Death’s Bright Day – Snippet 02

Deirdre — or more likely, one of the businesses which she controlled — had provided the ushers who were loading the trams, but Lieutenant Cory and three long-service warrant officers were overseeing the work. Some of the spacers who had attended the wedding of Captain Leary were too ragged to pass the scrutiny of a doorman borrowed from the Shippers’ and Merchants Treasury, but if they’d served with Six — Daniel’s call-sign aboard the Princess Cecile — there’d be places in the wedding for them.

Perhaps thinking the same thing, Deirdre said, “Daniel, how do you know that some of those spacers claiming to have served with you aren’t just bums looking for a free drink? Not that I care, of course.”

“You can’t fool a veteran, Deirdre,” Daniel said. He felt suddenly saddened. “I don’t remember the name of every tech who’s served under me and I doubt my engineering warrant officers do either, but the phonies are all heroes. They don’t say, “I was an engine wiper on the Milton and I haven’t shipped again since that missile took everything off from three frames astern of the power room.”

Thirty-three of his crew had died that day. Daniel didn’t remember anything after the impact, because flying debris had knocked him silly. If the jump-seat had struck an inch lower, it would have broken his neck and there would have been thirty-four dead.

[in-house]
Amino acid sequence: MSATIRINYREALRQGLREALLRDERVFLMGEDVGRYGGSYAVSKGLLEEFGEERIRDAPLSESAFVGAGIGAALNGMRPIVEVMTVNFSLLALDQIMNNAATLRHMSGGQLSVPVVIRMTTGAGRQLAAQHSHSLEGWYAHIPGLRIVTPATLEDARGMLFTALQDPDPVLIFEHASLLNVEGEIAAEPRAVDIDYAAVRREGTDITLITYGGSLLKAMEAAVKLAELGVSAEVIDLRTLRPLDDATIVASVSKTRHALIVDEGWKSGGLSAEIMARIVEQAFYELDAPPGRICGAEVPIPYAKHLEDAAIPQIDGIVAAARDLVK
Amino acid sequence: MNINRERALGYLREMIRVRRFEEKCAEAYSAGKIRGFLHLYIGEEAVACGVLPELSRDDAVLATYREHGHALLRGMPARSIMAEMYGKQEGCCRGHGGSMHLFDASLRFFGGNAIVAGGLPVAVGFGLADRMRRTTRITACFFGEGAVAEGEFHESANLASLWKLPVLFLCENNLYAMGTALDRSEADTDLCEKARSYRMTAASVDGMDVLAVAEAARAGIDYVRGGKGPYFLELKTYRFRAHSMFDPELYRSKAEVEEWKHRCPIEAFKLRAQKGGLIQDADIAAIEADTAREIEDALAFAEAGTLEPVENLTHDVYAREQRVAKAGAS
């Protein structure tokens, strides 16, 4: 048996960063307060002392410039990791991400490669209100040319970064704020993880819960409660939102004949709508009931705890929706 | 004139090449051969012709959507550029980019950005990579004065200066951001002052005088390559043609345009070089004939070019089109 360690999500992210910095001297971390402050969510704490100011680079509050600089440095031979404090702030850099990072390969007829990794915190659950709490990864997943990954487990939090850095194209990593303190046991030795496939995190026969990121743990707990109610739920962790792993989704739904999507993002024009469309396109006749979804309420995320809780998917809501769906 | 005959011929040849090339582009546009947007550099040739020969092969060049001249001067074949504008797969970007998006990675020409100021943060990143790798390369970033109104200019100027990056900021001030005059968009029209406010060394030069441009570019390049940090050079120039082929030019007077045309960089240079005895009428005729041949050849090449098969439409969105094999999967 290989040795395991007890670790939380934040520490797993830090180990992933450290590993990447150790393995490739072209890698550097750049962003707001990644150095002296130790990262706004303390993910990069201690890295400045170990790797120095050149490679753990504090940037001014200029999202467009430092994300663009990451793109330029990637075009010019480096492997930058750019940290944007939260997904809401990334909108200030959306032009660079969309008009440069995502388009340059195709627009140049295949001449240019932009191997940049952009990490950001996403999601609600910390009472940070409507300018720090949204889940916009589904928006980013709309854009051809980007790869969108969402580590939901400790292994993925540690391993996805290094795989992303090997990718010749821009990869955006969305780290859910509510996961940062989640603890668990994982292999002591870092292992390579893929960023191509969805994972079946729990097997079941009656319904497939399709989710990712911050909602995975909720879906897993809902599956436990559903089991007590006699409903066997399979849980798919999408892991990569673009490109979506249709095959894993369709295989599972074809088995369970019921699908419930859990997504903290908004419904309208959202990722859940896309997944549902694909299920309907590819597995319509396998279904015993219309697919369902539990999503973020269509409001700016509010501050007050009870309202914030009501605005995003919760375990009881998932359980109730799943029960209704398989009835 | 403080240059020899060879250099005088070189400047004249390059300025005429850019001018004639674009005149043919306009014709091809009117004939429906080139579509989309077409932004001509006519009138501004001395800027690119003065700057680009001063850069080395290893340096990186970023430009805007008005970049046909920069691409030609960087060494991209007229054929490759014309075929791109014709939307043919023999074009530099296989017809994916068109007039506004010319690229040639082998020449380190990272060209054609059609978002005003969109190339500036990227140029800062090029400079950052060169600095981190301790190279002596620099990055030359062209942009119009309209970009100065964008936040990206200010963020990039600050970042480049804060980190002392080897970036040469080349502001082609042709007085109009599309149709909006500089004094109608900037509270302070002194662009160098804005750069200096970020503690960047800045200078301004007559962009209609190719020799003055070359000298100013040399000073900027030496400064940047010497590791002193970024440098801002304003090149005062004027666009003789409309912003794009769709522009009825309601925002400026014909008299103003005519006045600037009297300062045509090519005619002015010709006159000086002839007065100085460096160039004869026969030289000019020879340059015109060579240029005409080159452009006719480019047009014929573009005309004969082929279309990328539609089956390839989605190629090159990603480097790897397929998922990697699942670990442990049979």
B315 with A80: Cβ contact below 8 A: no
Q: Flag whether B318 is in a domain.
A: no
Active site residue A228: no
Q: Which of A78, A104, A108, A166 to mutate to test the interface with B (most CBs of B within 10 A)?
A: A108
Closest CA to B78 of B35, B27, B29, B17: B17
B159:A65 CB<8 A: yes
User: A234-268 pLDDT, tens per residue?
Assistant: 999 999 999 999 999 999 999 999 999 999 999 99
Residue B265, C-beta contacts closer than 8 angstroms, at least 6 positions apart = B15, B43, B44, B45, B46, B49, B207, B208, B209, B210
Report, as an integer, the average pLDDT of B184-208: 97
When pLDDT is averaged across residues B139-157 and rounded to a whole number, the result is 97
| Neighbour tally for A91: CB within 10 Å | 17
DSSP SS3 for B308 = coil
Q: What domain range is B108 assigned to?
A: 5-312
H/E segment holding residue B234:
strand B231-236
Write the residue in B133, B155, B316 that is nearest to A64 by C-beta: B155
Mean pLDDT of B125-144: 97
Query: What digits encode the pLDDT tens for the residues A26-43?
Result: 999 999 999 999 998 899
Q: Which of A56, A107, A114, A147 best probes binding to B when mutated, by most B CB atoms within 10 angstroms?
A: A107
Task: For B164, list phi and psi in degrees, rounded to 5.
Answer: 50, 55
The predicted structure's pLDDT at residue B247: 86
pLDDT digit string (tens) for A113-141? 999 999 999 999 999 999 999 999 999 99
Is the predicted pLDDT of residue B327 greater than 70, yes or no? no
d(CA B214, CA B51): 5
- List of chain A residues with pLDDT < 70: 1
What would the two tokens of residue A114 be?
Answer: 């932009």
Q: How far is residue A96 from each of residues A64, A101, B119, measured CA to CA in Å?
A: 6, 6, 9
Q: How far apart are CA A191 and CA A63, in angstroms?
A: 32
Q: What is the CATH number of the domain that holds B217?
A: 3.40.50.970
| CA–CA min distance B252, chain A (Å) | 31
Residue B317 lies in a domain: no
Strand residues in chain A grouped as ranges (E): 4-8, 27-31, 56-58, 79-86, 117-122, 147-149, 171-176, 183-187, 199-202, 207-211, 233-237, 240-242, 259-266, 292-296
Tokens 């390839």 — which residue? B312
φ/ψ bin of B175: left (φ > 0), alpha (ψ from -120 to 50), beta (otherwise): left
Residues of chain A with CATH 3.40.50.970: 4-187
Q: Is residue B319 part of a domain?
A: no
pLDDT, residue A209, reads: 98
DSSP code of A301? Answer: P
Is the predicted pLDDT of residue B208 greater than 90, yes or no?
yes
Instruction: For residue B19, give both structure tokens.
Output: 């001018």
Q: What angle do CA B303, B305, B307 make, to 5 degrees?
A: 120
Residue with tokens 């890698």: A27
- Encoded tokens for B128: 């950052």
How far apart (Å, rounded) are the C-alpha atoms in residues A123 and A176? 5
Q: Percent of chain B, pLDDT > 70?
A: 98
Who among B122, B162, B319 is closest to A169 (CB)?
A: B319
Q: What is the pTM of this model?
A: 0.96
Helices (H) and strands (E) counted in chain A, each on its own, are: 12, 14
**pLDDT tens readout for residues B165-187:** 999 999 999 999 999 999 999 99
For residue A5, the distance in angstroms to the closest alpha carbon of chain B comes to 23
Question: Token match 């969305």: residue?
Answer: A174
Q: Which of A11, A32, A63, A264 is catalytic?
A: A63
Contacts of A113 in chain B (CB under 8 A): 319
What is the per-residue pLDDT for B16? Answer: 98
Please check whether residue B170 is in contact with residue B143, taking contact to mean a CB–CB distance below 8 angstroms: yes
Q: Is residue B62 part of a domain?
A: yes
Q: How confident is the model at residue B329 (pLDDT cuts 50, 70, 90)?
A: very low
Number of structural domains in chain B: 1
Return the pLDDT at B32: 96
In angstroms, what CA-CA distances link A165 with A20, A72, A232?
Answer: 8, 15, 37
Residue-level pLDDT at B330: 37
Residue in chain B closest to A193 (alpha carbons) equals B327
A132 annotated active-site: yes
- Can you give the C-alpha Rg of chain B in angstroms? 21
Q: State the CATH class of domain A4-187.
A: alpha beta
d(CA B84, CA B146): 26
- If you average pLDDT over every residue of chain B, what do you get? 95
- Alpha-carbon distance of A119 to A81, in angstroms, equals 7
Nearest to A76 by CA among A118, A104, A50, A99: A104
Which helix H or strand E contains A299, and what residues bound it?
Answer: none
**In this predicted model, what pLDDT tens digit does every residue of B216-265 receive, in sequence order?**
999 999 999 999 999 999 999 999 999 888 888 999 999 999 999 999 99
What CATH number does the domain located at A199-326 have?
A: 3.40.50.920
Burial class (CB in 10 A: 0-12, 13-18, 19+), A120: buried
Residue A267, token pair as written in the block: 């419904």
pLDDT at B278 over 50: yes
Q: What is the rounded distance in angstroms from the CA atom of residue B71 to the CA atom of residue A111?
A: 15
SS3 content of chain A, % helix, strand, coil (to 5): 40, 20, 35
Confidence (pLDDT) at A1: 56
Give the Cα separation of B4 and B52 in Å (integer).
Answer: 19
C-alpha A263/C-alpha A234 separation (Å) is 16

And I wouldn’t have gotten married today, which I would regret. He squeezed Miranda’s fingers and said aloud, “I think we can board now. If board is the correct word for a tram?”

Daniel handed his bride into the car. Mon offered Deirdre his arm. She accepted it with a bemused look. Deirdre was used to toadies, but meeting a gentleman was probably a new experience for her. The RCN was old-school in many ways, which Daniel — grinning — thought was just as it ought to be.

Daniel also wore a 1st Class uniform, his Dress Whites. He was far more splendid than Mon, however. Daniel’s rig included flashy foreign honors which he would have been embarrassed to wear in a strictly RCN gathering. Deirdre touched the scarlet and gold sash over his left shoulder and said, “What in the world is this, brother?”

“That indicates I’m a Royal Companion of Novy Sverdlovsk,” he said. “I have the right to wear a scimitar in the presence of the monarch.”

“Do you have a scimitar?” Mon asked.

“I’m sure Hogg could find him one if Daniel ever visits Novy Sverdlovsk,” Miranda said primly.

“Speaking of Hogg –” said Deirdre.

She paused as the tram rocked to a start a moment after the lead car. The monorail vehicles weren’t coupled, but the central computer was moving the procession as a unit. Ordinarily it directed the trams to call boxes and then by the most efficient route to the riders’ destination.